A multi-disciplinary team of University of Illinois at Chicago researchers received a three-year, $1.5 million grant from the National Science Foundation to form a new data science institute.
The UIC Foundations of Data Science Institute is intended to establish a place on campus that will focus on the theory of data science. The institute will concentrate on three themes: the representation and structure of data, machine learning and complexity, and robustness and privacy. These themes will link theory with the application of data science to create new ways to apply data to research. The institute will further develop the data science curriculum at UIC, promote interdisciplinary collaborations on and off-campus, and train the next generation of data scientists.
The institute is part of the NSF Harnessing the Data Revolution (HDR) Big Idea initiative, and it will be jointly led by UIC faculty researchers from the College of Engineering and the College of Liberal Arts and Science.
The researchers say data science takes a different approach to answering "how" and "why" questions across fields and results, so far, have been revolutionary.
Science has always been data-driven, but the scale and resolution of questions are changing, according to Lev Reyzin, co-principal investigator and UIC associate professor of mathematics, statistics, and computer science at the College of Liberal Arts and Sciences. "Data science enables decision-making in a very different way. We take advantage of vast data sets to form new methods and develop realistic models that answer scientific questions."
"While traditional scientific models, which are explanatory or analytical models, help us understand various phenomena, many of these models do not survive contact with large data," said Tanya Berger-Wolf, co-principal investigator and UIC professor of computer science at the College of Engineering. "Data science allows the study of phenomena through the lens of data -- it helps form new models and decide what computational or mathematical approaches are appropriate in the context of that phenomenon to find an answer."
The researchers say that UIC's location in Chicago is an advantage.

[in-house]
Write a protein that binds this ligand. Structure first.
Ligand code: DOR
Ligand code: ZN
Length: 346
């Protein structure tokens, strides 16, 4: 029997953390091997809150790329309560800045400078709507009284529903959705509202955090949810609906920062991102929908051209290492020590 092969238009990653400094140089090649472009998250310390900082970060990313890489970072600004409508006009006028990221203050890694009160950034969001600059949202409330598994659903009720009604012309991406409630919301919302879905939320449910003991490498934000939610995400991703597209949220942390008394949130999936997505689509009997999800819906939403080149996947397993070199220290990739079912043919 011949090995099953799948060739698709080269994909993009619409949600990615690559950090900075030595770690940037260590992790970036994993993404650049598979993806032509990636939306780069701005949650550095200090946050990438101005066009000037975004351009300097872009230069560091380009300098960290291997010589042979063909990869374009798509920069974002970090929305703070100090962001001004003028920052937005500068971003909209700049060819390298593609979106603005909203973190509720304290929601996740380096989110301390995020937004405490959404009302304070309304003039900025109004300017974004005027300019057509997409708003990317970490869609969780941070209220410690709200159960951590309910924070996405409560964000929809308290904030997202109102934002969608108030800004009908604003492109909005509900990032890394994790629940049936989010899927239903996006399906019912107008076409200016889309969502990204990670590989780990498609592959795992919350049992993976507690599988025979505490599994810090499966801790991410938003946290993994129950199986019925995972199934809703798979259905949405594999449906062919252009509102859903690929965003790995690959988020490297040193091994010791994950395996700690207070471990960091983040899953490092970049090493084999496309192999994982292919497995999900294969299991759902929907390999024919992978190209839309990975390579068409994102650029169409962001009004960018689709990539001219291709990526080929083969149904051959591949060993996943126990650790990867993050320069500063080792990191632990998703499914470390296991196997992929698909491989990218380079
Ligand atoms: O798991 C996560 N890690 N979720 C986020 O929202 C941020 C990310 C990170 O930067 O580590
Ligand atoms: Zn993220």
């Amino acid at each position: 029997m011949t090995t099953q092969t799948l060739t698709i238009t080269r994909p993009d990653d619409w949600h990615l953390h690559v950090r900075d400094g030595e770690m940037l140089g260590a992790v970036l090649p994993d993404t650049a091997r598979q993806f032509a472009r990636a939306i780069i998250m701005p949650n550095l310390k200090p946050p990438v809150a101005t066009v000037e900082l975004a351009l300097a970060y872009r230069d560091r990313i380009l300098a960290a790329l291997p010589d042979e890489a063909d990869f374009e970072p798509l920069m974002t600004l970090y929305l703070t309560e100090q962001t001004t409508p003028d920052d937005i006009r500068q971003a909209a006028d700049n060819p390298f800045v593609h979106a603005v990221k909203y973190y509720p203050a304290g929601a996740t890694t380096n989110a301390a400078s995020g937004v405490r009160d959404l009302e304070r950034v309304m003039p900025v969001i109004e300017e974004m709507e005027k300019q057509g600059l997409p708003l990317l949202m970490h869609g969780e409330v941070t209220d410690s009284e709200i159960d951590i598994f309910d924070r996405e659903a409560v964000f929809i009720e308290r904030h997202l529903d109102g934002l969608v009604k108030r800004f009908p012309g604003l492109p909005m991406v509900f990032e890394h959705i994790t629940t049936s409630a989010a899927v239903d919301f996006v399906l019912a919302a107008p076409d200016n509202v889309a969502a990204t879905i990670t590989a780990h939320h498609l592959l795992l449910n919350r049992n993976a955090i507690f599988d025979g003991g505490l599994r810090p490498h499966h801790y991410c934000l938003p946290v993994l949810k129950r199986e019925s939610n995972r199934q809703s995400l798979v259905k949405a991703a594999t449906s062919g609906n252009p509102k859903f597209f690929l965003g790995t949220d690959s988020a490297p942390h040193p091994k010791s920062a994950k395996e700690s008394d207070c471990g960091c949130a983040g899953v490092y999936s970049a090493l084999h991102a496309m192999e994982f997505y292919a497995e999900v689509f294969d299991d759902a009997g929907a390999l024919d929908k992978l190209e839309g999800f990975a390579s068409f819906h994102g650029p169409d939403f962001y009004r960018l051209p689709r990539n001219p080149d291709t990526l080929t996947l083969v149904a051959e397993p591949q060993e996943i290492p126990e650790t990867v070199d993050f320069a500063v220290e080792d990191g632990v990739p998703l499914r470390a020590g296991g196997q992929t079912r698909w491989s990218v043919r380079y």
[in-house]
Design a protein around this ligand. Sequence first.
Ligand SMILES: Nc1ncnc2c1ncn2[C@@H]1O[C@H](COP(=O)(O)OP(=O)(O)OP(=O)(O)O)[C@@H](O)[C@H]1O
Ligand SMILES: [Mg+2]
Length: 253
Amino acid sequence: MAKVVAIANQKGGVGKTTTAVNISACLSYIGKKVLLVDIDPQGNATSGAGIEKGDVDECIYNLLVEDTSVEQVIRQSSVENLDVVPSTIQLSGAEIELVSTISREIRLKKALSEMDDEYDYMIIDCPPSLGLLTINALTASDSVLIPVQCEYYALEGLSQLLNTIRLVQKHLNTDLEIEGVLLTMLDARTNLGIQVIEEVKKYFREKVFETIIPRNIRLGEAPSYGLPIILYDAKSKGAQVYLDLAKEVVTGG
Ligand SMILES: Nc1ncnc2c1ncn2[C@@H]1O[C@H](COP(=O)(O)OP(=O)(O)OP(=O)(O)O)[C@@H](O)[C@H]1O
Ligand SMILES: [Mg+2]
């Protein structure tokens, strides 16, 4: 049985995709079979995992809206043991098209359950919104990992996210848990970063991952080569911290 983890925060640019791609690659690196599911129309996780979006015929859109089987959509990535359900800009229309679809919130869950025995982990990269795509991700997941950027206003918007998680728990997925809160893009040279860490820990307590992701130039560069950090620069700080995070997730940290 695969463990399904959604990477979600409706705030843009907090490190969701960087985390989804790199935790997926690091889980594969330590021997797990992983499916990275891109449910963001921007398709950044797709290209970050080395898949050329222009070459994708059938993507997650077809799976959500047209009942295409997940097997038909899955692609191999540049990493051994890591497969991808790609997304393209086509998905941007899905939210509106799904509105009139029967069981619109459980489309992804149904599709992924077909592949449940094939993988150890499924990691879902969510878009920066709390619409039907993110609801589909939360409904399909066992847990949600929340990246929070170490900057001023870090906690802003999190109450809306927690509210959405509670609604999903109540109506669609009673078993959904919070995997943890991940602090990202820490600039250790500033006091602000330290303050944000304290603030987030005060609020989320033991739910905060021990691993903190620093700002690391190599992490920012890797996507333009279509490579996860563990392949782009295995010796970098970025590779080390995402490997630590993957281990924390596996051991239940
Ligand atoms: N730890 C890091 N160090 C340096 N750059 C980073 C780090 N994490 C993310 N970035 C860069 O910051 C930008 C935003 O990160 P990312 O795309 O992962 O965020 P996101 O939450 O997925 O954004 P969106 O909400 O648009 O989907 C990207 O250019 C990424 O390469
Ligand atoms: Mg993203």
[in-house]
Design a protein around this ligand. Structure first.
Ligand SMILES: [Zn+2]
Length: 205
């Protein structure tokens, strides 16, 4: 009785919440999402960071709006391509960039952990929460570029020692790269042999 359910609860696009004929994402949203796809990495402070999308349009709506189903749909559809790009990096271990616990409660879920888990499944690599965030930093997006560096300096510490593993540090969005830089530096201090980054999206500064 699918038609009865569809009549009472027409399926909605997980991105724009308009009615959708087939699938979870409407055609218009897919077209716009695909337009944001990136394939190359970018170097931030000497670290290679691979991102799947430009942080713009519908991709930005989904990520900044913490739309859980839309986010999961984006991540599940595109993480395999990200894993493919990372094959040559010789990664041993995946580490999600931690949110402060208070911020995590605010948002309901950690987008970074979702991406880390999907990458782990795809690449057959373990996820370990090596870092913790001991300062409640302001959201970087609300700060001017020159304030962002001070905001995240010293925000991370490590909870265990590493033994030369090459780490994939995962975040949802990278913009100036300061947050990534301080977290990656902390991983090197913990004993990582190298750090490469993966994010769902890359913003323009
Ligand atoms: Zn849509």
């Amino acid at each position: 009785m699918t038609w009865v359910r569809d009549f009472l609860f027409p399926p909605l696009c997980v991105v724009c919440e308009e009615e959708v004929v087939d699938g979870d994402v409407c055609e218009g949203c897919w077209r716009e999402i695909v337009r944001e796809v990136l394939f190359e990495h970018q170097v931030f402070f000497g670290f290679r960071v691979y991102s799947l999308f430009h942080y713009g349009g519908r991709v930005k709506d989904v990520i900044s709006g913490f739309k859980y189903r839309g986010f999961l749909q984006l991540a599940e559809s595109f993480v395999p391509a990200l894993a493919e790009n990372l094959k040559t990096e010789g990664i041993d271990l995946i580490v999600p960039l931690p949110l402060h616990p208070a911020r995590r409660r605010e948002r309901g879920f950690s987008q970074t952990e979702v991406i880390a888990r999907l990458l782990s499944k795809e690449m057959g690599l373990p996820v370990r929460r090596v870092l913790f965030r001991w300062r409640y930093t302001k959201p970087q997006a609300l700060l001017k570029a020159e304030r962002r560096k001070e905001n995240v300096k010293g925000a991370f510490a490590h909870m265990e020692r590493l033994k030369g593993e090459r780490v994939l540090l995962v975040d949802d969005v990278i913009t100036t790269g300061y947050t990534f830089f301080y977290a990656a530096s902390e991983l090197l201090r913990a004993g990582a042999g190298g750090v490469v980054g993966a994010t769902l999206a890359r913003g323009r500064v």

"I think one of the reasons we received this award is because we have a strong collaborative infrastructure," Reyzin said. "Internally, each department has very strong groups studying the foundational and theoretical areas of data science that come together. We also have collaborated with many schools across the Chicagoland area and with local government. We want to leverage resources with academic, government and industry partners and to foster new collaborations."
The new institute also will focus on training the next generation of data scientists. Berger-Wolf said that data science is an interdisciplinary field that attracts more underrepresented groups and women than other associated fields, such as math, computer science and electrical engineering.
"As a public and urban institution, UIC provides the opportunity to train diverse student bodies and perform innovative research," Berger-Wolf said. "Using training programs supported by each one of the participating departments, we hope this institute will be an opportunity for more underrepresented groups to study data science."
Co-principal investigators also include Natasha Devroye, associate professor of electrical and computer engineering at the College of Engineering, and Will Perkins, assistant professor of mathematics, statistics and computer science at the College of Liberal Arts and Sciences.
Other investigators at the UIC Foundations of Data Science Institute include Gonzalo Bello Lander, Isabel Cruz, Bhaskar DasGupta, Ian Kash, Bing Liu, Xinhua Zhang, Elena Zheleva and Brian Ziebart from the department of computer science at the College of Engineering; Shuo Han, Daniela Tuninetti and Milos Zefran from the department of electrical and computer engineering at the College of Engineering; and Yichao Wu and Ping-Shou Zhong from the department of mathematics, statistics and computer science at the College of Liberal Arts and Sciences.